You can now help preserve the environment without worrying about being stuck in it. Governments around the world offer generous financial incentives to offset the premium prices of EVs, hoping to steer you away from buying internal combustion engine (ICE) vehicles. Some governments have taken the step of mandating auto manufacturers build and sell EVs, hoping the market will eventually be dominated by them, while others have drawn a more distinct line in the sand; Germany, for example, is already pushing to ban ICE vehicles by 2030.
For much of the automobile’s history, innovation has focused on improving fuel burning efficiency of the ICE, cleaning up emissions while providing a comfortable user experience. However, the vast majority of recent innovations in ICE automobiles are a direct result of advancements in electronics—improvements in chassis systems, power trains, autonomous and advanced driver assistance systems (ADAS), infotainment, and safety systems. EVs feature many of the same electronic systems as ICE vehicles, plus, of course, the drive train itself. According to Micron Technology, the electronics portion of an EV’s value is as much as 75%, with that portion increasing as advances in semiconductor technology continue to drive down the cost of various electronic modules and subsystems. Even nontraditional automotive players, such as Intel, are looking for a piece of the action.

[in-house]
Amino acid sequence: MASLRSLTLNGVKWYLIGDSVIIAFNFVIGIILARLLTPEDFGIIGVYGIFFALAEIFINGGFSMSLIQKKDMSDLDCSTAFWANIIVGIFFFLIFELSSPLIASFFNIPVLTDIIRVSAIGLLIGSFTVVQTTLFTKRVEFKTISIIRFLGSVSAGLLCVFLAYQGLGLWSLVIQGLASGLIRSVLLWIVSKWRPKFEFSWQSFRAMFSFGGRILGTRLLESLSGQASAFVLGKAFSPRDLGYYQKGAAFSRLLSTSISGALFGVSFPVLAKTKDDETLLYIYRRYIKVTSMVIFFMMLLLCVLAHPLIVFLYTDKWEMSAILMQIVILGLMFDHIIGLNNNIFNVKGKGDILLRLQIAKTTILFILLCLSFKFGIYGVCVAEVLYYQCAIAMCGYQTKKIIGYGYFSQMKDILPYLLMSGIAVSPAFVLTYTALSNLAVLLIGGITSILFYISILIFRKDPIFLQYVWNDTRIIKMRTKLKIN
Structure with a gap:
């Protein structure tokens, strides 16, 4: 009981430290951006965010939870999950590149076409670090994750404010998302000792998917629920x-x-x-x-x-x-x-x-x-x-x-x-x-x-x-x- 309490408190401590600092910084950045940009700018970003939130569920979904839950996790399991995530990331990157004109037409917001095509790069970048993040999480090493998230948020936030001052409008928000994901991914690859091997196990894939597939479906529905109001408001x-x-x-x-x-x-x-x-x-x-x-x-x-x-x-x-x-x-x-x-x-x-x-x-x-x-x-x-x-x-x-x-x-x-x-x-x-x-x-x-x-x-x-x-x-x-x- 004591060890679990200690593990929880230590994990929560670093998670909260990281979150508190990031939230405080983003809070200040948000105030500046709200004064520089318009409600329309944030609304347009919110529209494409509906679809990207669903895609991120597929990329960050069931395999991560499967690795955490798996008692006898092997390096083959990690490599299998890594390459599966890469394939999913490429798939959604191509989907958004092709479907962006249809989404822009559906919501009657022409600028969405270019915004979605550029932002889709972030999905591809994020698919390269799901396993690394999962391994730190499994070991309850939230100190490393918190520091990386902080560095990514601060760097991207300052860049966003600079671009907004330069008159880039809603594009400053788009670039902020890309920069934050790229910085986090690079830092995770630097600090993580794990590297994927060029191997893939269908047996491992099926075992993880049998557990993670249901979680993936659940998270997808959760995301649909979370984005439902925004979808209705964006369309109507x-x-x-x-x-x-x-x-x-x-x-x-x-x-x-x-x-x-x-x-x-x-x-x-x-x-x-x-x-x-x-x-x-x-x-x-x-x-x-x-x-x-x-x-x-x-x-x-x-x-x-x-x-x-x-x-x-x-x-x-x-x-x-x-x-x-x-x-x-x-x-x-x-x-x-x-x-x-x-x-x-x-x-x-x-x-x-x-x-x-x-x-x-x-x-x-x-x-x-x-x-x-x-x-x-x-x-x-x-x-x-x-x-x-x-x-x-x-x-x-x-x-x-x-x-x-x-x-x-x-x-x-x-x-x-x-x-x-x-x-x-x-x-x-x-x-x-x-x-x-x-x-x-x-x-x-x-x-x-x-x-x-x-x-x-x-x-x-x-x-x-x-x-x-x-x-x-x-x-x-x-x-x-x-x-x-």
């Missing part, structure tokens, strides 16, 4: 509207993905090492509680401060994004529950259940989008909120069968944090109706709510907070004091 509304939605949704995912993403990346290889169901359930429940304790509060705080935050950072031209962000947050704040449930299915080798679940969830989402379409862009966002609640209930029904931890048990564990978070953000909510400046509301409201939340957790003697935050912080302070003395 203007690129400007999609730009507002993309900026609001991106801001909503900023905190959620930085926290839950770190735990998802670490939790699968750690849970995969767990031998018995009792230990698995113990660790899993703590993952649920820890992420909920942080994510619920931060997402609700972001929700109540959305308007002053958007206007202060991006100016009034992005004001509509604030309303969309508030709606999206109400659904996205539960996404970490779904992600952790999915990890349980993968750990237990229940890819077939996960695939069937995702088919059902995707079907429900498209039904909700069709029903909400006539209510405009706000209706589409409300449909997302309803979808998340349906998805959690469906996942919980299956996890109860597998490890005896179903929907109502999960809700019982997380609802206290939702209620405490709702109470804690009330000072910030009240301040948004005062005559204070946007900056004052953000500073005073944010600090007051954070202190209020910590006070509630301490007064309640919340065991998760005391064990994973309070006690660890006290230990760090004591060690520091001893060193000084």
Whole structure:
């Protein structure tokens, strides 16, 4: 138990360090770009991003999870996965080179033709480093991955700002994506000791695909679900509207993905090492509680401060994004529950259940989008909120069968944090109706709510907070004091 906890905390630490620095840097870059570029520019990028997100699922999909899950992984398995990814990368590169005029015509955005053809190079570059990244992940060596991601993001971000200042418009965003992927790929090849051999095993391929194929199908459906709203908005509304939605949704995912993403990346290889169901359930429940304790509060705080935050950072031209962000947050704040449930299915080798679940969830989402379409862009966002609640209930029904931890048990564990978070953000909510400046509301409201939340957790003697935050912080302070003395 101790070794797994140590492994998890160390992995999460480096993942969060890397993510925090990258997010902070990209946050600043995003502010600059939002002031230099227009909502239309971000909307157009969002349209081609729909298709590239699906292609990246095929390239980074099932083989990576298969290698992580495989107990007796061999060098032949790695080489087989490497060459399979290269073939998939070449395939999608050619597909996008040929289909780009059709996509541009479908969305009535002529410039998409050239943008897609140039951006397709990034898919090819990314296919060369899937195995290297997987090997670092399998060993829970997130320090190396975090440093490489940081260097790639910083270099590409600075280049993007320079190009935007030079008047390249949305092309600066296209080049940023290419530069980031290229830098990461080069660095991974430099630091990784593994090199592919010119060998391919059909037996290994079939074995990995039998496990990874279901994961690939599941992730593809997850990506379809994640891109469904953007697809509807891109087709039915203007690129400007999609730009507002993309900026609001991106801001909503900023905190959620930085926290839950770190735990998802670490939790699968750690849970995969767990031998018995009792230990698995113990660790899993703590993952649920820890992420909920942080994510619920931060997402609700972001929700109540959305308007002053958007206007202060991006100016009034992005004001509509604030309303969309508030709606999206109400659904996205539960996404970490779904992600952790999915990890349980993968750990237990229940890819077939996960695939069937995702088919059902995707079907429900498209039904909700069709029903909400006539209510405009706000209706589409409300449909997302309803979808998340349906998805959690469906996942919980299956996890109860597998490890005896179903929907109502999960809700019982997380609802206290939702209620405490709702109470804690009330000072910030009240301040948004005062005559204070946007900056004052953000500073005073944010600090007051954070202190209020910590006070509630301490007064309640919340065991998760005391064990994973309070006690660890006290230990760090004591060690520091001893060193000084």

Not surprisingly, of all the electronic subsystems in an EV, manufacturers and consumers alike focus on the heart of the EV, the battery system. The battery system includes the rechargeable battery itself, lithium-ion (Li-Ion) being the current standard, and the battery management system (BMS), which maximizes battery usage and safety. Analog Devices’ BMS solutions are the standard for monitoring them. ADI’s LTC2949 EV battery pack monitor is the newest addition to a wide portfolio of smart BMS ICs that are boosting next-generation EV BMS designs.
A BMS’s primary function is to monitor the state of a battery or, in the case of EVs, a very large pack or stack of batteries. A BMS typically monitors individual cell and pack voltages, currents, temperatures, state of charge (SOC), state of health (SOH), and other related functions, such as coolant flow. In addition to the obvious safety and performance benefits afforded by BMS, accurately monitoring these parameters generally translates to a better driving experience, where drivers are well-informed of real-time battery conditions.
To be effective, the BMS measurement circuits, such as the new LTC2949 pack monitor, must be precise and fast, have high common-mode voltage rejection, consume low power, and securely communicate with other devices. Other EV BMS responsibilities include recovering energy back into the battery stack (that is, regenerative braking), balancing cells, protecting the battery stack from dangerous levels of voltage, current, and temperature, and communicating with other subsystems (for example, chargers, loads, thermal management, and emergency shutdown).